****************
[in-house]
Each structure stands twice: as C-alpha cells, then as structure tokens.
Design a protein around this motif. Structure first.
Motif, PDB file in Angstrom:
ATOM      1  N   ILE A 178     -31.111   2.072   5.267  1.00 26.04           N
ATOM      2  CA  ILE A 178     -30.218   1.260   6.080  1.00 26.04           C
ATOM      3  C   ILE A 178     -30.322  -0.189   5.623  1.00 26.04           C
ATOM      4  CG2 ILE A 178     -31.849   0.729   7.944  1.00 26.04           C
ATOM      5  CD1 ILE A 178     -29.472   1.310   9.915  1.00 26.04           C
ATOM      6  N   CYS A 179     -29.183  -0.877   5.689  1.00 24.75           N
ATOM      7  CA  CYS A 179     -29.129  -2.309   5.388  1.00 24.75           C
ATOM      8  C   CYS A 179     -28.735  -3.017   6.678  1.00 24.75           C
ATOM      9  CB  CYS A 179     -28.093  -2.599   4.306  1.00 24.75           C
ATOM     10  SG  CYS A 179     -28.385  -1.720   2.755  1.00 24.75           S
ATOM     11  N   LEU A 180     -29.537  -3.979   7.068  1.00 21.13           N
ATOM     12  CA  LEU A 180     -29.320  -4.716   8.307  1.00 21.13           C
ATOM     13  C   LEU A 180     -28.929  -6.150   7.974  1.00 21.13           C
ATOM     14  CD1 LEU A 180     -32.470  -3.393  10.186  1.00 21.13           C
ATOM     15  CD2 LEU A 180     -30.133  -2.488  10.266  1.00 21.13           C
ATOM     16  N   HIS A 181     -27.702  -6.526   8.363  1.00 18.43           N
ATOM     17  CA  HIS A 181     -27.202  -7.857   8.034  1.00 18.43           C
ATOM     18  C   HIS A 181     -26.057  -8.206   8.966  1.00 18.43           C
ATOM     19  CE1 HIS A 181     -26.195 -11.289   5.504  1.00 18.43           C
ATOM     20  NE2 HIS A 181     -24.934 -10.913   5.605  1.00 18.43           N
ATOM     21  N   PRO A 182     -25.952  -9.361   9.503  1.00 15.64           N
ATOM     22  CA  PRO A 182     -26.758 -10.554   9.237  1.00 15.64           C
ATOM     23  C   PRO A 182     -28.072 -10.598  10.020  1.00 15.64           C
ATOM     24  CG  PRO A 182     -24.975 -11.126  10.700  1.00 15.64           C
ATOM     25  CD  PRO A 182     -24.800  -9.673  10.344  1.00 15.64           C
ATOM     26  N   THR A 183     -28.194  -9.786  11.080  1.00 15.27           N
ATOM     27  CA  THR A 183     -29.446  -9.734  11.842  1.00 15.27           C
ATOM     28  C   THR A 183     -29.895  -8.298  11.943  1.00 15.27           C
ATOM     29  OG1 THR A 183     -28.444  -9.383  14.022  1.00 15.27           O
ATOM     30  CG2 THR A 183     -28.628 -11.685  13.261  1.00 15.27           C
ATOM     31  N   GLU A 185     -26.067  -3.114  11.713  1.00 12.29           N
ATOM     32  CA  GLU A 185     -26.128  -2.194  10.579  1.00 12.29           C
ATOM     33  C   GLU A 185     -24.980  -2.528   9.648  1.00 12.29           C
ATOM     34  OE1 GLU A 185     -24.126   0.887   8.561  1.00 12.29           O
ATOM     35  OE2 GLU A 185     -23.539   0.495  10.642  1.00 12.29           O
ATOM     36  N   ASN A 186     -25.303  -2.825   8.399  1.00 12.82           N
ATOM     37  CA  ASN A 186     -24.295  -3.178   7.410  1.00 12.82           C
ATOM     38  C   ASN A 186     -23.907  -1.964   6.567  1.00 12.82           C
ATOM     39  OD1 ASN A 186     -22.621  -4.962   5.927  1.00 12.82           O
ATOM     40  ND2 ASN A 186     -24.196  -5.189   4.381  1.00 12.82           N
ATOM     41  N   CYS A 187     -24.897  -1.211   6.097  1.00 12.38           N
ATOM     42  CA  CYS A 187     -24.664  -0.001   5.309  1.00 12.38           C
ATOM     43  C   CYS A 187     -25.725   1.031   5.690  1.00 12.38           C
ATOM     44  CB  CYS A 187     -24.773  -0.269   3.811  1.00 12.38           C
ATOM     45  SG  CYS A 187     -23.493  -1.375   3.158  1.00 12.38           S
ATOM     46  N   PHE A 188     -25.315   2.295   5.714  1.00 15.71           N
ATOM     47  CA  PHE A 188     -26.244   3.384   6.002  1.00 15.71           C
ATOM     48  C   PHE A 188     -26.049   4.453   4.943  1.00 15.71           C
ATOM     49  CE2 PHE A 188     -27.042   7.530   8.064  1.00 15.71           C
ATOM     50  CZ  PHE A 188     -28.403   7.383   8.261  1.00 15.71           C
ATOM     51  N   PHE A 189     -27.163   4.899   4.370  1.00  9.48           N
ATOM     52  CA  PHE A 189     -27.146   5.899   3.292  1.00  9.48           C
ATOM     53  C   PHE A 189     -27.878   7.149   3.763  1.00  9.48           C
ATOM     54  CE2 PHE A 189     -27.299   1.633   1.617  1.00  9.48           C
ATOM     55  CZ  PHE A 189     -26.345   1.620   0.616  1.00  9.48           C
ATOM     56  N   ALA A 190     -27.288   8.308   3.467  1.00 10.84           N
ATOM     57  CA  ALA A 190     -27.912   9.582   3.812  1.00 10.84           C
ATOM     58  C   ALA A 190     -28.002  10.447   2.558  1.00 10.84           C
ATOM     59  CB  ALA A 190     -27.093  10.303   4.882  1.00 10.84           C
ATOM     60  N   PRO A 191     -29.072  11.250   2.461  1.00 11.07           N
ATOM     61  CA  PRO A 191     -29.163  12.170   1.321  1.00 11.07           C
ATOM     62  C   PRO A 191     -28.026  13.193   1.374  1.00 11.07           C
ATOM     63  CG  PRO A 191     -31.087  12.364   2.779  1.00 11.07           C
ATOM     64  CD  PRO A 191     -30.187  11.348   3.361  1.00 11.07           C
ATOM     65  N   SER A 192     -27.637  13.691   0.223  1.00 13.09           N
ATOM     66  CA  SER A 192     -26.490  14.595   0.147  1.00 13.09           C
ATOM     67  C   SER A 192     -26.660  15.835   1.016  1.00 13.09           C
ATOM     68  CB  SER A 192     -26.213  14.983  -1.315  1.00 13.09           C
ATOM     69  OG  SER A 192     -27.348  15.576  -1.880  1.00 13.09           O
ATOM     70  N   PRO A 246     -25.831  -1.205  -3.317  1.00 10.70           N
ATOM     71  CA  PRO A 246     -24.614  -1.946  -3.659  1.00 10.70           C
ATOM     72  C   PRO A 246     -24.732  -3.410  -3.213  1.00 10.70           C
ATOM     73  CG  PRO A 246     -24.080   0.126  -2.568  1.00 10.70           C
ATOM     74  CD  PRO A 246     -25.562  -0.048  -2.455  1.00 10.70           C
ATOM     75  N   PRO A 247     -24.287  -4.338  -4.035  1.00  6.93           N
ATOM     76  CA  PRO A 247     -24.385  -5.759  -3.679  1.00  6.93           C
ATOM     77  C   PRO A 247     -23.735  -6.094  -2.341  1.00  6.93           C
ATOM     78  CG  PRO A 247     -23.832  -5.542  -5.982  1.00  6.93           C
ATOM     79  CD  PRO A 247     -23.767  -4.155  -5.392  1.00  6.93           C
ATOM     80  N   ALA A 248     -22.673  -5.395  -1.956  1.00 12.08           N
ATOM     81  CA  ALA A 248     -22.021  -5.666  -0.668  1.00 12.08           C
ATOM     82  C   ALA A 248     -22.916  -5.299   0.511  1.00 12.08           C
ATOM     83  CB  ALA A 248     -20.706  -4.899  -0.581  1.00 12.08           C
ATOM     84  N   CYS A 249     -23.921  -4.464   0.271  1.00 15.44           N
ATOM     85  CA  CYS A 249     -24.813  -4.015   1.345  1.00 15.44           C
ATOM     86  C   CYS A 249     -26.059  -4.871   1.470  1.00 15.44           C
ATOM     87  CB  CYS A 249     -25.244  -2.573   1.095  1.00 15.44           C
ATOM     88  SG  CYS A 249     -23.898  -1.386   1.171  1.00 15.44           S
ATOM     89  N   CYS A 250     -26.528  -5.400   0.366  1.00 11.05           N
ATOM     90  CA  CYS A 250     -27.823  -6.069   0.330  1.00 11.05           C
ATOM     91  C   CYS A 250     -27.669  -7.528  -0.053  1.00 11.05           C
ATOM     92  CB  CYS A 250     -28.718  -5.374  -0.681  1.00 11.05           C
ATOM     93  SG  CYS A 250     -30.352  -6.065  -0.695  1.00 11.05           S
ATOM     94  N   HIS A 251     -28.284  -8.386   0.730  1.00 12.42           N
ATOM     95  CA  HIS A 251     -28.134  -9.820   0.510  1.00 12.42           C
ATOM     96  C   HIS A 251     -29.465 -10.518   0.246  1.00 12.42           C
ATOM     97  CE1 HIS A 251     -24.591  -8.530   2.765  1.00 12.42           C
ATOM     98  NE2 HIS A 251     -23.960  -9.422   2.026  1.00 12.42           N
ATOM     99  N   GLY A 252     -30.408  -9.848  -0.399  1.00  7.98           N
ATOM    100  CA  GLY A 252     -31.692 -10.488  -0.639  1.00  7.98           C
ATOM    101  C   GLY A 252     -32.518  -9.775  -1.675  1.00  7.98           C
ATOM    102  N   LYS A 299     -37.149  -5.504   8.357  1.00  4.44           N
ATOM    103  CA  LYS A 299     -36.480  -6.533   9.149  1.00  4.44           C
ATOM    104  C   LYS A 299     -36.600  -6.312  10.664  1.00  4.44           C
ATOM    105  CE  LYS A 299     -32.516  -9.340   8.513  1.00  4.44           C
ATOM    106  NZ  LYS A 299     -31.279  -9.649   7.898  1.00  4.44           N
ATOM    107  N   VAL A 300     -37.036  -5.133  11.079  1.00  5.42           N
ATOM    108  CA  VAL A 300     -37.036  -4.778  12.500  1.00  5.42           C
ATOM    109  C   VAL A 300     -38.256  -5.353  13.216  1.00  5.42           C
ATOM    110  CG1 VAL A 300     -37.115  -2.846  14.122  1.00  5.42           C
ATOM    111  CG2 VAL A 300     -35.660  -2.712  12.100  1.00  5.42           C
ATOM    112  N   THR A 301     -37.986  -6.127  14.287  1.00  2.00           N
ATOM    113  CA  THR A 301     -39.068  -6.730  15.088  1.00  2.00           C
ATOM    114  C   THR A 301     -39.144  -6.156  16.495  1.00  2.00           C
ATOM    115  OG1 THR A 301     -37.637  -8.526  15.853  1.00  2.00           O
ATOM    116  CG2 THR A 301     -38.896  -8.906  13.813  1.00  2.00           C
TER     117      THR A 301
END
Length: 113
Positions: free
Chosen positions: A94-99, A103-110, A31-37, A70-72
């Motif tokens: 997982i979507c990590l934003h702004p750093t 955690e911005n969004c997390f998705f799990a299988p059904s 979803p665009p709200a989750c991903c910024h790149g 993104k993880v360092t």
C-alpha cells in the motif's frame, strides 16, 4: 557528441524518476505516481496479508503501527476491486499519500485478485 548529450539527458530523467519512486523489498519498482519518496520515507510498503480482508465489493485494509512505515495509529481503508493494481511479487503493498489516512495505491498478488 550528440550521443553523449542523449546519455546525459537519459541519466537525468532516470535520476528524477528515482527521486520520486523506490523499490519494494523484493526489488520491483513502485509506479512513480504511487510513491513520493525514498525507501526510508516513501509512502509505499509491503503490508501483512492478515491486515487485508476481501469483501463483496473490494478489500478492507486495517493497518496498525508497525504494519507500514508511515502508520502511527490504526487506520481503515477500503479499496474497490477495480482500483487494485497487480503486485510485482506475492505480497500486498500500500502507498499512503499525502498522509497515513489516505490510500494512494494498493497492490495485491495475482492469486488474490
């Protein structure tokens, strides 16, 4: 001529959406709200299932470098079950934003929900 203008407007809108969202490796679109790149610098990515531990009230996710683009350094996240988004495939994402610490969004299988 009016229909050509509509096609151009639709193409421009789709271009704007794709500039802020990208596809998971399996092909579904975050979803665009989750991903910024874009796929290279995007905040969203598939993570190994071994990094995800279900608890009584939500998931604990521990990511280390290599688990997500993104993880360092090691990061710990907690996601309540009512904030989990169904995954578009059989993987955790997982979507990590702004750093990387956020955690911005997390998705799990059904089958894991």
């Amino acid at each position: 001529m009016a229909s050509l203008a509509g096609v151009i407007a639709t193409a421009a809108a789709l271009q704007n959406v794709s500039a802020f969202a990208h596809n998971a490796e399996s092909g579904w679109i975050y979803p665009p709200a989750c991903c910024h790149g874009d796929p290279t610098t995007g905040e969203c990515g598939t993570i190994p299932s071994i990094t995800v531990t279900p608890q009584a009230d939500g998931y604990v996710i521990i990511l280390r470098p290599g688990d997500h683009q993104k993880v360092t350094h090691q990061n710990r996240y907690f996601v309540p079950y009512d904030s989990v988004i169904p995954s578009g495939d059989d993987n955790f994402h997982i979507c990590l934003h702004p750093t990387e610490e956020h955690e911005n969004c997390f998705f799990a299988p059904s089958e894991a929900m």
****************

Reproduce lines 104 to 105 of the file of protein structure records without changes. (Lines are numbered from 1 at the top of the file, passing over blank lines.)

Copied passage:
ATOM    100  CA  GLY A 252     -31.692 -10.488  -0.639  1.00  7.98           C
ATOM    101  C   GLY A 252     -32.518  -9.775  -1.675  1.00  7.98           C